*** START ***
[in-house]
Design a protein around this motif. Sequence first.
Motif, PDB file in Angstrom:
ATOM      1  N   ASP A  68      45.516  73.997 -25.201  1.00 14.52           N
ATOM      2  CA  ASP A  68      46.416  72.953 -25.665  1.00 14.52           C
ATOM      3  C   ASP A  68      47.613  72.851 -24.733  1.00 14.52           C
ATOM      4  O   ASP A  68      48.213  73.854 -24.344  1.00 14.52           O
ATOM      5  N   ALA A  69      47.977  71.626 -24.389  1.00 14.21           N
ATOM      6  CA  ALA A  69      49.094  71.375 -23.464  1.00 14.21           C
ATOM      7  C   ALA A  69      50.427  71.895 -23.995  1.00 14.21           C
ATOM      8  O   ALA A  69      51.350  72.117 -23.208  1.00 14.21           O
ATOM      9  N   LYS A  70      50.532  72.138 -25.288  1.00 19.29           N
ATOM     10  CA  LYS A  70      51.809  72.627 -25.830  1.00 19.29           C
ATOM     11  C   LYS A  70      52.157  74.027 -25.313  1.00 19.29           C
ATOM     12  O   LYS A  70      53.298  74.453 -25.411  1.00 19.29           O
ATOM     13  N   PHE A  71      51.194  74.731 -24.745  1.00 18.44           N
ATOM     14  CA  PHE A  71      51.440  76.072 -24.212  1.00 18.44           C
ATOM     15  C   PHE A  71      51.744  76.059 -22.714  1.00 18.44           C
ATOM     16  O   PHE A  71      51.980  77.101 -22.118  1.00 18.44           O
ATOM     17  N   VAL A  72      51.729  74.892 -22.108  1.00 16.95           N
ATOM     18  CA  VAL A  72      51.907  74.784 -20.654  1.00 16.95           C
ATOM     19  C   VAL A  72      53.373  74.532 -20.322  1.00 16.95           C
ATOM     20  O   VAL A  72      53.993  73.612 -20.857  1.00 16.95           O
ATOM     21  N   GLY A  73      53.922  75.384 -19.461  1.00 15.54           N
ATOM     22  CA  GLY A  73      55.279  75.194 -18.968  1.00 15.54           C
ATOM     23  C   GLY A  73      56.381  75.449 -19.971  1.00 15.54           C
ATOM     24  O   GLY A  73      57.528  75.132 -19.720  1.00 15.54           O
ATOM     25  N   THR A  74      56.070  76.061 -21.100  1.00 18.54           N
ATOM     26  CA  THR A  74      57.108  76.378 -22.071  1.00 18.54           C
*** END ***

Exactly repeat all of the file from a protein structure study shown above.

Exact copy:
[in-house]
Design a protein around this motif. Sequence first.
Motif, PDB file in Angstrom:
ATOM      1  N   ASP A  68      45.516  73.997 -25.201  1.00 14.52           N
ATOM      2  CA  ASP A  68      46.416  72.953 -25.665  1.00 14.52           C
ATOM      3  C   ASP A  68      47.613  72.851 -24.733  1.00 14.52           C
ATOM      4  O   ASP A  68      48.213  73.854 -24.344  1.00 14.52           O
ATOM      5  N   ALA A  69      47.977  71.626 -24.389  1.00 14.21           N
ATOM      6  CA  ALA A  69      49.094  71.375 -23.464  1.00 14.21           C
ATOM      7  C   ALA A  69      50.427  71.895 -23.995  1.00 14.21           C
ATOM      8  O   ALA A  69      51.350  72.117 -23.208  1.00 14.21           O
ATOM      9  N   LYS A  70      50.532  72.138 -25.288  1.00 19.29           N
ATOM     10  CA  LYS A  70      51.809  72.627 -25.830  1.00 19.29           C
ATOM     11  C   LYS A  70      52.157  74.027 -25.313  1.00 19.29           C
ATOM     12  O   LYS A  70      53.298  74.453 -25.411  1.00 19.29           O
ATOM     13  N   PHE A  71      51.194  74.731 -24.745  1.00 18.44           N
ATOM     14  CA  PHE A  71      51.440  76.072 -24.212  1.00 18.44           C
ATOM     15  C   PHE A  71      51.744  76.059 -22.714  1.00 18.44           C
ATOM     16  O   PHE A  71      51.980  77.101 -22.118  1.00 18.44           O
ATOM     17  N   VAL A  72      51.729  74.892 -22.108  1.00 16.95           N
ATOM     18  CA  VAL A  72      51.907  74.784 -20.654  1.00 16.95           C
ATOM     19  C   VAL A  72      53.373  74.532 -20.322  1.00 16.95           C
ATOM     20  O   VAL A  72      53.993  73.612 -20.857  1.00 16.95           O
ATOM     21  N   GLY A  73      53.922  75.384 -19.461  1.00 15.54           N
ATOM     22  CA  GLY A  73      55.279  75.194 -18.968  1.00 15.54           C
ATOM     23  C   GLY A  73      56.381  75.449 -19.971  1.00 15.54           C
ATOM     24  O   GLY A  73      57.528  75.132 -19.720  1.00 15.54           O
ATOM     25  N   THR A  74      56.070  76.061 -21.100  1.00 18.54           N
ATOM     26  CA  THR A  74      57.108  76.378 -22.071  1.00 18.54           C